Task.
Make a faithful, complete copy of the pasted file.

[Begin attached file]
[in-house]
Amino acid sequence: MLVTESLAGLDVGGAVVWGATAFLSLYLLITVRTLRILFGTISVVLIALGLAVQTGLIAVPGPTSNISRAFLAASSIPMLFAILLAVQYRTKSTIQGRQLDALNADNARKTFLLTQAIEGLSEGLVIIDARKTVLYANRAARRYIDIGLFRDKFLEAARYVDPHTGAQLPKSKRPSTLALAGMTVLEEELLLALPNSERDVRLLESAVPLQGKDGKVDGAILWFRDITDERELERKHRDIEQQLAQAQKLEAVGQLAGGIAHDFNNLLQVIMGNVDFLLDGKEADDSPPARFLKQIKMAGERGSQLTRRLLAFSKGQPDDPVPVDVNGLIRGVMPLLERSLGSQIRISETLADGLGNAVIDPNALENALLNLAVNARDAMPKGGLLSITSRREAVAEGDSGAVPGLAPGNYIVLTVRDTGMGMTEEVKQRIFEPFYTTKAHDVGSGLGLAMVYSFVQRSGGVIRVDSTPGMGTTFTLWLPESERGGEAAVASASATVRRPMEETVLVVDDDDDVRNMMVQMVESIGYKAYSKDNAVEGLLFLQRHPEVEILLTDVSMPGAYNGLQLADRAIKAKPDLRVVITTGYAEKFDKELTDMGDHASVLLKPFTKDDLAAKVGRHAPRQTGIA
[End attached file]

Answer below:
[in-house]
Amino acid sequence: MLVTESLAGLDVGGAVVWGATAFLSLYLLITVRTLRILFGTISVVLIALGLAVQTGLIAVPGPTSNISRAFLAASSIPMLFAILLAVQYRTKSTIQGRQLDALNADNARKTFLLTQAIEGLSEGLVIIDARKTVLYANRAARRYIDIGLFRDKFLEAARYVDPHTGAQLPKSKRPSTLALAGMTVLEEELLLALPNSERDVRLLESAVPLQGKDGKVDGAILWFRDITDERELERKHRDIEQQLAQAQKLEAVGQLAGGIAHDFNNLLQVIMGNVDFLLDGKEADDSPPARFLKQIKMAGERGSQLTRRLLAFSKGQPDDPVPVDVNGLIRGVMPLLERSLGSQIRISETLADGLGNAVIDPNALENALLNLAVNARDAMPKGGLLSITSRREAVAEGDSGAVPGLAPGNYIVLTVRDTGMGMTEEVKQRIFEPFYTTKAHDVGSGLGLAMVYSFVQRSGGVIRVDSTPGMGTTFTLWLPESERGGEAAVASASATVRRPMEETVLVVDDDDDVRNMMVQMVESIGYKAYSKDNAVEGLLFLQRHPEVEILLTDVSMPGAYNGLQLADRAIKAKPDLRVVITTGYAEKFDKELTDMGDHASVLLKPFTKDDLAAKVGRHAPRQTGIA